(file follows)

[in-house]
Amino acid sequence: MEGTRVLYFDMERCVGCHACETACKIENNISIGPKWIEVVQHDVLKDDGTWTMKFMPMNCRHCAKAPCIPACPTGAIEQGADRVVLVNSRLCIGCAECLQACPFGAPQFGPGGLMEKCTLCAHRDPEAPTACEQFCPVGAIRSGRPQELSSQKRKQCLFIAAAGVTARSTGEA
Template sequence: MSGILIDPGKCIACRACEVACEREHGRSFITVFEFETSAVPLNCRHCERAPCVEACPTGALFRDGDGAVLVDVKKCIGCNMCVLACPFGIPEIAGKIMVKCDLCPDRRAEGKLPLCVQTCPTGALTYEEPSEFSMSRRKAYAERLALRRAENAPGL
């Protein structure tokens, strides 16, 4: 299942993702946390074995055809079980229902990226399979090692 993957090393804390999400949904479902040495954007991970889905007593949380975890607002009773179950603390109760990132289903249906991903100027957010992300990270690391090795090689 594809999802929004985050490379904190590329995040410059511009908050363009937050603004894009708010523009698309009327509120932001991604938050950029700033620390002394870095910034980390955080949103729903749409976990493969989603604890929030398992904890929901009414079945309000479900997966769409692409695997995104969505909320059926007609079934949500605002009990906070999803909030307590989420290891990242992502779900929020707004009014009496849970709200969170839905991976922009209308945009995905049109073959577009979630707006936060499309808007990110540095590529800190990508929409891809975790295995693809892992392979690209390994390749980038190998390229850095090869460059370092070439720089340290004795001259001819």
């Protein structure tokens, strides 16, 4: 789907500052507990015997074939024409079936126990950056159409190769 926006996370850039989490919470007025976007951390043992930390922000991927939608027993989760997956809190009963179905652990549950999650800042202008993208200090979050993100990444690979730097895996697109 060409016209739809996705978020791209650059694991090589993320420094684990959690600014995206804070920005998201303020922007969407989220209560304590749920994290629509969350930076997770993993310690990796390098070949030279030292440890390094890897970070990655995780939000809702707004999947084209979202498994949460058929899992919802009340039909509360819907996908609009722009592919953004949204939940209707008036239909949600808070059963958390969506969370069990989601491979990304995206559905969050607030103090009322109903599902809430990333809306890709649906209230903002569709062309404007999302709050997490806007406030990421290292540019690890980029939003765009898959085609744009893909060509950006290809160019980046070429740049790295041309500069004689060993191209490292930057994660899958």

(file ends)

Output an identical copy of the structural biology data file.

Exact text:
[in-house]
Amino acid sequence: MEGTRVLYFDMERCVGCHACETACKIENNISIGPKWIEVVQHDVLKDDGTWTMKFMPMNCRHCAKAPCIPACPTGAIEQGADRVVLVNSRLCIGCAECLQACPFGAPQFGPGGLMEKCTLCAHRDPEAPTACEQFCPVGAIRSGRPQELSSQKRKQCLFIAAAGVTARSTGEA
Template sequence: MSGILIDPGKCIACRACEVACEREHGRSFITVFEFETSAVPLNCRHCERAPCVEACPTGALFRDGDGAVLVDVKKCIGCNMCVLACPFGIPEIAGKIMVKCDLCPDRRAEGKLPLCVQTCPTGALTYEEPSEFSMSRRKAYAERLALRRAENAPGL
């Protein structure tokens, strides 16, 4: 299942993702946390074995055809079980229902990226399979090692 993957090393804390999400949904479902040495954007991970889905007593949380975890607002009773179950603390109760990132289903249906991903100027957010992300990270690391090795090689 594809999802929004985050490379904190590329995040410059511009908050363009937050603004894009708010523009698309009327509120932001991604938050950029700033620390002394870095910034980390955080949103729903749409976990493969989603604890929030398992904890929901009414079945309000479900997966769409692409695997995104969505909320059926007609079934949500605002009990906070999803909030307590989420290891990242992502779900929020707004009014009496849970709200969170839905991976922009209308945009995905049109073959577009979630707006936060499309808007990110540095590529800190990508929409891809975790295995693809892992392979690209390994390749980038190998390229850095090869460059370092070439720089340290004795001259001819």
């Protein structure tokens, strides 16, 4: 789907500052507990015997074939024409079936126990950056159409190769 926006996370850039989490919470007025976007951390043992930390922000991927939608027993989760997956809190009963179905652990549950999650800042202008993208200090979050993100990444690979730097895996697109 060409016209739809996705978020791209650059694991090589993320420094684990959690600014995206804070920005998201303020922007969407989220209560304590749920994290629509969350930076997770993993310690990796390098070949030279030292440890390094890897970070990655995780939000809702707004999947084209979202498994949460058929899992919802009340039909509360819907996908609009722009592919953004949204939940209707008036239909949600808070059963958390969506969370069990989601491979990304995206559905969050607030103090009322109903599902809430990333809306890709649906209230903002569709062309404007999302709050997490806007406030990421290292540019690890980029939003765009898959085609744009893909060509950006290809160019980046070429740049790295041309500069004689060993191209490292930057994660899958």